Pushed Into “No Man’s Land” – Robbed, Beaten, and Flung Into the Desert to Die of Thirst: The Horrifying Fate of Sub-Saharan African Migrants

Migrants from sub-Saharan Africa are sharing harrowing tales of being forced back to desolate desert regions, where some have tragically perished from thirst while attempting to cross into Tunisia, a small country in North Africa. As the European Union plans to provide Tunisia with €1 billion in a migration deal, human rights organizations are urging Brussels to address allegations that Tunisian authorities are pushing people back to uninhabited border areas, often with fatal outcomes.

Tunisian Authorities’ Actions

Official sources indicate that Tunisian authorities relocated over 4,000 people in July alone to military buffer zones at the borders with Libya and Algeria.

An anonymous official from an intergovernmental organization reported, “About 1,200 people were pushed back to the Libyan border in the first week of July alone.”

By late August, the same source revealed that they knew of seven individuals who had succumbed to thirst after being pushed back.

An NGO working with refugees estimates the number to be between 50 and 70, although this figure could not be independently verified.

Tunisia’s Response

Contrary to previous statements, Tunisia’s interior minister, Kamel Fekih, recently acknowledged the pushbacks but denied any mistreatment or “collective deportation.”

These reports will likely heighten pressure on European lawmakers to address human rights concerns as they proceed with the migration deal aimed at curbing irregular migration.

Interviews conducted with nearly 50 migrants in various Tunisian cities revealed that the majority had been forcibly returned to the desert between late June and late July. 

The Stories

Salma, a 28-year-old Nigerian woman, recounted her ordeal: “My two-year-old son and I were taken by some policemen and pushed back into the desert at the Libyan border. My husband was captured by other border guards, and I haven’t heard from him since then because I lost my phone.”

Michael, 38, from Benin City, Nigeria, said, “They pushed me back three times to the desert, the last time at the end of July. The Tunisian border guards beat us, and stole our money and cell phones. In the desert, we had no water. I had to drink my own urine to survive.”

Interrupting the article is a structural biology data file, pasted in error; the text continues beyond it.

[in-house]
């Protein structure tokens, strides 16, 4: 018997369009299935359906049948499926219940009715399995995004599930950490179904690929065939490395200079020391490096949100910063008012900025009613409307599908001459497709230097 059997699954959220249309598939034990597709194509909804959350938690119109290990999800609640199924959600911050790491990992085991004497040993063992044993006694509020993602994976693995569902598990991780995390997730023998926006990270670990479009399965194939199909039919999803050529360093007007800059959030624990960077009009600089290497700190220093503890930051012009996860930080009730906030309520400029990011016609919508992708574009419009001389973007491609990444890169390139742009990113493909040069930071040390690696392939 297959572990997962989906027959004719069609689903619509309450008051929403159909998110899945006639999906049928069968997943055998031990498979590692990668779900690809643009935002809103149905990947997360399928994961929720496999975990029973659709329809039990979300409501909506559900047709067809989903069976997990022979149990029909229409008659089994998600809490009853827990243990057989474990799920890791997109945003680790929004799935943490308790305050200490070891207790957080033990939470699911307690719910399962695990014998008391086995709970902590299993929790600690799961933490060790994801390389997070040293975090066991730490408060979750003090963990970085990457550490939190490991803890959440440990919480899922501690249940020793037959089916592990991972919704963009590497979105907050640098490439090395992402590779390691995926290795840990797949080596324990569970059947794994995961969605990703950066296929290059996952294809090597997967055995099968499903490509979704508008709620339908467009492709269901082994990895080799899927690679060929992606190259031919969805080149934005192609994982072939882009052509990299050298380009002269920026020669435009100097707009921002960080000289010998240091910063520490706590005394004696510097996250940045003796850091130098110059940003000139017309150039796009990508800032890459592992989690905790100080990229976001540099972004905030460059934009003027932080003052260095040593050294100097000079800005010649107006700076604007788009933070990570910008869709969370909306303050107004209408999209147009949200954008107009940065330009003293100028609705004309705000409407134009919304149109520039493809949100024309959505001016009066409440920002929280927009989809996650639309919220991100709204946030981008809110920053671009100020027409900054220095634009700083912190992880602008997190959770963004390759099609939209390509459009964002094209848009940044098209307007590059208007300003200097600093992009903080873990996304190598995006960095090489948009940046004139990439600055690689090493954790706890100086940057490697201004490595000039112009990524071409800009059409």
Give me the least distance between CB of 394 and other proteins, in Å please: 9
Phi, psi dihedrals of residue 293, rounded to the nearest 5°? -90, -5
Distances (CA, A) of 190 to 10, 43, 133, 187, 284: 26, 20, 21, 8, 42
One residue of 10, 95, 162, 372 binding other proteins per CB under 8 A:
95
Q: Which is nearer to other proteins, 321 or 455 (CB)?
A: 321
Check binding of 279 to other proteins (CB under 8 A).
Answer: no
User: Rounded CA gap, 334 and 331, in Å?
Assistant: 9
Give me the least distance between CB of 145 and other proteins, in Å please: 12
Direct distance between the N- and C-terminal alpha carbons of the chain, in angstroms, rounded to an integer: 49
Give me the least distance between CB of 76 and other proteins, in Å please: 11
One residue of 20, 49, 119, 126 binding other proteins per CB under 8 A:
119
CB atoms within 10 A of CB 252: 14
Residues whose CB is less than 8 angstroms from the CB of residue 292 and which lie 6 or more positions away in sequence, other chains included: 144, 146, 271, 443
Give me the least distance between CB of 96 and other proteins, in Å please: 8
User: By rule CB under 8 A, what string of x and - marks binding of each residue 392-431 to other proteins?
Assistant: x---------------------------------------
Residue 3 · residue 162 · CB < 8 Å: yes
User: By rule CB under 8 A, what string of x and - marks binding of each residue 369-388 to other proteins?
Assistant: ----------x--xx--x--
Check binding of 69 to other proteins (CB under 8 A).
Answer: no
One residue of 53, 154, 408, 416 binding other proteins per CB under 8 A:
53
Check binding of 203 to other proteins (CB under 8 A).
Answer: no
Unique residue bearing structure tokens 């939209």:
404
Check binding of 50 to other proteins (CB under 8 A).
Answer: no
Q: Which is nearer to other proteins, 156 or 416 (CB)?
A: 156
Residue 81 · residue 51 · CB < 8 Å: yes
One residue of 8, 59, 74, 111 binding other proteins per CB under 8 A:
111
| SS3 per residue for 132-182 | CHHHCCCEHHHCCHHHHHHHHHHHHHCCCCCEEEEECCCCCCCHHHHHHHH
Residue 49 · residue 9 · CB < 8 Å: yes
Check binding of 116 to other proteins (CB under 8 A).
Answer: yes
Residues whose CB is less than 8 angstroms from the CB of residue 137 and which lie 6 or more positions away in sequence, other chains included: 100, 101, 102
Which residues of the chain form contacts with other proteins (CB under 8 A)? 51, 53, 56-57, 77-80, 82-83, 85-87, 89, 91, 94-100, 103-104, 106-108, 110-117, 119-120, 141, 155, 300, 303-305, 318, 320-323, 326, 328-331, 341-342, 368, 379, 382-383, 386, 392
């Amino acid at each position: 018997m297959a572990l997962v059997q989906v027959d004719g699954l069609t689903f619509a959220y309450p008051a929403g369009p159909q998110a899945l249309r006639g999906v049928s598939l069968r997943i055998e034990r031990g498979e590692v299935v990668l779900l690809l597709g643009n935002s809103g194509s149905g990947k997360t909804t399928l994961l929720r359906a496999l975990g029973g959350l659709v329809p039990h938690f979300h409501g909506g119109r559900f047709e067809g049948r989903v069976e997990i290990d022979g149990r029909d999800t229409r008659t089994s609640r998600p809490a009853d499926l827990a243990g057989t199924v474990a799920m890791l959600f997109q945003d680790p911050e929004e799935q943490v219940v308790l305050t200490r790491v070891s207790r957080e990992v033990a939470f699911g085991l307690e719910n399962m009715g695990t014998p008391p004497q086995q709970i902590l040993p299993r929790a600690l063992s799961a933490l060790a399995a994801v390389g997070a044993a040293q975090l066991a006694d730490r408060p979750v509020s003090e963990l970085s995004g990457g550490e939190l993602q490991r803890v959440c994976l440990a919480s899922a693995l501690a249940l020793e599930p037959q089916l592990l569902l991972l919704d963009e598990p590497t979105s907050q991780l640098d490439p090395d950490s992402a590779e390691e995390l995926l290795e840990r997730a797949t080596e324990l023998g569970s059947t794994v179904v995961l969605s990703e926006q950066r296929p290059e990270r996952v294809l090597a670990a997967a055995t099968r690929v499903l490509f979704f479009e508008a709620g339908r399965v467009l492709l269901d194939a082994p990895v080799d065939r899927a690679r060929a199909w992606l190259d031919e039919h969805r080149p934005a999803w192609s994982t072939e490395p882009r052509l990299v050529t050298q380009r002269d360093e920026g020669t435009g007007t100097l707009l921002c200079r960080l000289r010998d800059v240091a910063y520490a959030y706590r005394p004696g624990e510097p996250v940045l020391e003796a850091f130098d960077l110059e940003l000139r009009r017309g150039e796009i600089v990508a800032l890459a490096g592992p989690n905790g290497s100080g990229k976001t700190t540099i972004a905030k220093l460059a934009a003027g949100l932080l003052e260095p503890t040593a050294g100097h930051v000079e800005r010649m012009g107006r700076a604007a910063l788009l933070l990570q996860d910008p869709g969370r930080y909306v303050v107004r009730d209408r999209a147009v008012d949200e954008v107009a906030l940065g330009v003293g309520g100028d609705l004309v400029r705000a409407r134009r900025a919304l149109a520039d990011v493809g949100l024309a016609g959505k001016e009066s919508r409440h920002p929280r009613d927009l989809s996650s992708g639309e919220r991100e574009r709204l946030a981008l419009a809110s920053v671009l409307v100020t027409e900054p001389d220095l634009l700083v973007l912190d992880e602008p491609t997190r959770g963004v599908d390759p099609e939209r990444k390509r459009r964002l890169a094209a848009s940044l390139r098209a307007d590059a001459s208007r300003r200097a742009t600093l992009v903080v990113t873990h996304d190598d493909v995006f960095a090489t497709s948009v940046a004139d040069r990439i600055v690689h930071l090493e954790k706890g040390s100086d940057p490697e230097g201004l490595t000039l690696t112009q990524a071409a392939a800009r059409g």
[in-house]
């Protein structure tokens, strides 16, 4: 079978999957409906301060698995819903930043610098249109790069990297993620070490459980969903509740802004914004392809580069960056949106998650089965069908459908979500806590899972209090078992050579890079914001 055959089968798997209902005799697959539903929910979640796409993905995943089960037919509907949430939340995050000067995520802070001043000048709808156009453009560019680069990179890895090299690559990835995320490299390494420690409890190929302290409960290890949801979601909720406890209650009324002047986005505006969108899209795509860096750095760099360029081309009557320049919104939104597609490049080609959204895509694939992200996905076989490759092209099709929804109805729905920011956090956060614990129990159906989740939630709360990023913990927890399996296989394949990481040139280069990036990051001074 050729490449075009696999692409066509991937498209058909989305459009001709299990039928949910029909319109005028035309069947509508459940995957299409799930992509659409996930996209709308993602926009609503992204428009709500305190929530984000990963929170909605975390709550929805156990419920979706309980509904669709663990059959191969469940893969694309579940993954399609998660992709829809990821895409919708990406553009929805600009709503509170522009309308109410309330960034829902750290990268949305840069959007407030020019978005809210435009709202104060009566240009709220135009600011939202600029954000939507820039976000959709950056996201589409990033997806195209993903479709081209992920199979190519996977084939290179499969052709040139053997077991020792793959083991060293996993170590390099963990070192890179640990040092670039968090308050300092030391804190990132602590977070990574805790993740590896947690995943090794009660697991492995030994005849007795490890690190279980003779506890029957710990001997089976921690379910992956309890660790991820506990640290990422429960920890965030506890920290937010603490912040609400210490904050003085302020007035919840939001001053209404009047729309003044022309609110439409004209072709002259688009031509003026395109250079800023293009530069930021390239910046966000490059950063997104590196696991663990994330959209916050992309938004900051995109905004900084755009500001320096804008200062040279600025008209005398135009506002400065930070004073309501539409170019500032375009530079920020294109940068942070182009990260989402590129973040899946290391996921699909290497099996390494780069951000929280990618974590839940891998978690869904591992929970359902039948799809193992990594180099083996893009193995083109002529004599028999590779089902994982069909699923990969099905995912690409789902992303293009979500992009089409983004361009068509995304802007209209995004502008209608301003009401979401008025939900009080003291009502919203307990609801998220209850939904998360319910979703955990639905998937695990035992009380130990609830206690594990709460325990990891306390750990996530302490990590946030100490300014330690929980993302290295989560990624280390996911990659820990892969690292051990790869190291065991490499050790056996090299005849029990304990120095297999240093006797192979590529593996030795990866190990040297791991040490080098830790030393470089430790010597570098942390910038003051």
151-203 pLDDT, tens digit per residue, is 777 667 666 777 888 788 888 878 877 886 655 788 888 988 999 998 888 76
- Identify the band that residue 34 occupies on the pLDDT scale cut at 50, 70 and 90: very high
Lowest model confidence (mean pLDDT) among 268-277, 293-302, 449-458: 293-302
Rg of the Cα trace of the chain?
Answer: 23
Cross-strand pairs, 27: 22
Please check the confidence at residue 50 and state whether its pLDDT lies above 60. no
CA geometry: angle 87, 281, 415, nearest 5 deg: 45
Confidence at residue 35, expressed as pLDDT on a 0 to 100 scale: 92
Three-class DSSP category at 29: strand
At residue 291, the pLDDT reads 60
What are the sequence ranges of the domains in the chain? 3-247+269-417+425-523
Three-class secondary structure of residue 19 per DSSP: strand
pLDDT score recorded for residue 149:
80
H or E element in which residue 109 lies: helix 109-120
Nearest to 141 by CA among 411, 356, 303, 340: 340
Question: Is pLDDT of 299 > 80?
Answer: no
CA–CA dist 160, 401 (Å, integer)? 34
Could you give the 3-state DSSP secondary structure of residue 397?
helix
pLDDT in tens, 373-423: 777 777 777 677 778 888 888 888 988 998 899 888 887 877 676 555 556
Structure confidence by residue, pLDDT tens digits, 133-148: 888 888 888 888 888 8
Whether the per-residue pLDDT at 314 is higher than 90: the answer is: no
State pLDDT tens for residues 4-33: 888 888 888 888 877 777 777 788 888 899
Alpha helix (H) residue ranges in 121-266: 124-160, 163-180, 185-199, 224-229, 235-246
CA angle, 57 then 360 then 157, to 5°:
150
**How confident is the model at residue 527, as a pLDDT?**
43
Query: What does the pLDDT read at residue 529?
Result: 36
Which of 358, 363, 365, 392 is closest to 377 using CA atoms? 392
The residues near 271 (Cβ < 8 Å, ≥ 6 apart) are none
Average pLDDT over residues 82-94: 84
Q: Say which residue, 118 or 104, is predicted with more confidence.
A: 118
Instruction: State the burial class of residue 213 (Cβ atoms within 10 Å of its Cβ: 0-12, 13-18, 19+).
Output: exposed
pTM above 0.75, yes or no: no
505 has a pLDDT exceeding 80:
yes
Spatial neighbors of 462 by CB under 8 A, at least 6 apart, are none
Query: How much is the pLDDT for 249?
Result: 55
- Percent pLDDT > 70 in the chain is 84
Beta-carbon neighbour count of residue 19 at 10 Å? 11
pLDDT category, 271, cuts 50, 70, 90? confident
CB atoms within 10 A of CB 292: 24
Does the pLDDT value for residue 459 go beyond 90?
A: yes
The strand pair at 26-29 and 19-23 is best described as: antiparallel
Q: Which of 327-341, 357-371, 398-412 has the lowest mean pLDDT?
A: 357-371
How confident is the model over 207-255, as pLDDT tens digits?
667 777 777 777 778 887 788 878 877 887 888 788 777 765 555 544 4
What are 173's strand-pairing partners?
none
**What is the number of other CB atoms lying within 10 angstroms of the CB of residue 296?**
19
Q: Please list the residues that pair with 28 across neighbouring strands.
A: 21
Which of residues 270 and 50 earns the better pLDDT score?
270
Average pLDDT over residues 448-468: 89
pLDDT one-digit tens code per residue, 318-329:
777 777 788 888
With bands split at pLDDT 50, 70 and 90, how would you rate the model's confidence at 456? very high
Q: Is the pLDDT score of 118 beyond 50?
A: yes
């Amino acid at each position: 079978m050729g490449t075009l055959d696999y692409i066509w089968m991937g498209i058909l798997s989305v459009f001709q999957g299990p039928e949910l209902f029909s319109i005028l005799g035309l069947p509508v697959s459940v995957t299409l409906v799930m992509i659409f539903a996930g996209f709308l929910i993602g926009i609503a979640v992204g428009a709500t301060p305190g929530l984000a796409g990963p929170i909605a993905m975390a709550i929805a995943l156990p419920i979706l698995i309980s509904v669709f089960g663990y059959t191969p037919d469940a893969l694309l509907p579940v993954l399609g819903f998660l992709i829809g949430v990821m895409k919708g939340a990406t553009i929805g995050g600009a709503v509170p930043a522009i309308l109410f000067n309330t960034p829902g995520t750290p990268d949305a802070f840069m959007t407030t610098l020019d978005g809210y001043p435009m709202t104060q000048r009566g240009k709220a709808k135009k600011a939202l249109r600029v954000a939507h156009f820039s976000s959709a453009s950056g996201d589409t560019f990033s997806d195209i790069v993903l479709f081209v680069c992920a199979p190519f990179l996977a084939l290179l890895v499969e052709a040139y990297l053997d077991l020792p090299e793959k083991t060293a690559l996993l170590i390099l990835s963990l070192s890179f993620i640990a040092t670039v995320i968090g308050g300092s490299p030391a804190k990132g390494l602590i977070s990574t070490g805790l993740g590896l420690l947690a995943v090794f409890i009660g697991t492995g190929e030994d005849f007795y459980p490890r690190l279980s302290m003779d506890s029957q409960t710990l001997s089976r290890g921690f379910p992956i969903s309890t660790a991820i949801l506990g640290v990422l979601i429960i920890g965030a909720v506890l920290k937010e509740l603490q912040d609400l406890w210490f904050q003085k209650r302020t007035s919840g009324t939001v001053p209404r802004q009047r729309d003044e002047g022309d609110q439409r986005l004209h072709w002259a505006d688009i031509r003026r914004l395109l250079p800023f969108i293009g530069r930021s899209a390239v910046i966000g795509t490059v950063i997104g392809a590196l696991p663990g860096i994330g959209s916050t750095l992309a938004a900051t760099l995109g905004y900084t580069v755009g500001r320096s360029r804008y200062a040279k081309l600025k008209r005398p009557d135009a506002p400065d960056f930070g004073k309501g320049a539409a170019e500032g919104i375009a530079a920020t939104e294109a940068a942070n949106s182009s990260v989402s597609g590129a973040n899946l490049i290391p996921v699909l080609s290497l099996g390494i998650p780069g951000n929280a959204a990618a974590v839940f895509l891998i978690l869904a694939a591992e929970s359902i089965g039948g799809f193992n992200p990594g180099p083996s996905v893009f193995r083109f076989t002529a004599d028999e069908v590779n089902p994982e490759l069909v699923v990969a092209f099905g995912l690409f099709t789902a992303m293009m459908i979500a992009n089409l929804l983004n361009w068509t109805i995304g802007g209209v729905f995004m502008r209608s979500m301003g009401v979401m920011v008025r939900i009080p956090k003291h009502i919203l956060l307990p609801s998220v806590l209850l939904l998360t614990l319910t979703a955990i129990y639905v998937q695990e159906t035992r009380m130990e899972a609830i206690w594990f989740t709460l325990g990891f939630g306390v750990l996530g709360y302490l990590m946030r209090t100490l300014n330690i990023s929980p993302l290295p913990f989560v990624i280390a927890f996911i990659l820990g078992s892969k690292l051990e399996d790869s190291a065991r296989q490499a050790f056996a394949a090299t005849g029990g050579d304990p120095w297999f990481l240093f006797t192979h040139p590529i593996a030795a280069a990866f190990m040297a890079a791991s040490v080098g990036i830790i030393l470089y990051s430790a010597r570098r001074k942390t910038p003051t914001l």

Pato Crepin, a Cameroonian, shared the heart-wrenching story of his wife and six-year-old daughter, Fati Dosso and Marie, who perished in the remote Libyan desert after being pushed back by Tunisian authorities. Crepin himself was sent back to Libya.

Border Activity

While the focus has traditionally been on the Tunisian-Libyan border, there are now reports of people being pushed back into the vast no man’s land along the Tunisian-Algerian border, which is less controlled.

Djibril Tabeté, 22, from Senegal, stated, “They left us a few kilometers from the border. Then we were ordered to climb a hill. On the other side was Algeria. Problem is when the Algerian guard finds you, they push you to Tunisia. Tunisians push you, Algerians do the same. People die there.”

Tunisia’s Response

Reports of Tunisia forcibly removing migrants to the desert emerged in July, with photos circulating on social media suggesting that asylum seekers were dying due to thirst and extreme heat after being pushed back by Tunisian authorities. 

Tunisia initially dismissed these reports, but gradually, they admitted that some sub-Saharans were stranded on the Tunisian-Libyan border, indicating the involvement of Tunisian authorities.

Italy’s interior ministry has reported that more than 78,000 people have arrived in Italy from North Africa via the Mediterranean since the beginning of the year, surpassing the number of arrivals in 2022.

Human Trafficking

Of these, 42,719 departed from Tunisia, making it the primary departure point for migrants, overtaking Libya.

The “strategic partnership” established between the EU and Tunisia in July involves providing funds to Tunisia to combat human trafficking, secure borders, and support the country’s struggling economy.

The first payment of €127 million is expected to be disbursed soon, according to European Commission spokesperson Ana Pisonero, but it is hard to know if this deal will be enough to combat this humanitarian crisis.

Treated “Worse than Russia” – In Exclusive Tucker Carlson Interview Hungarian Prime Minister Slams Biden and Problems with “Liberals in Power”

Safeguarding the Royal Image: Meghan Markle’s “Suits” Script Faced Editing from the Crown – But What Wasn’t She Allowed to Say?

The post Pushed Into “No Man’s Land” – Robbed, Beaten, and Flung Into the Desert to Die of Thirst: The Horrifying Fate of Sub-Saharan Africa Migrants first appeared on The Net Worth Of.

Featured Image Credit: Shutterstock / Hasan Mrad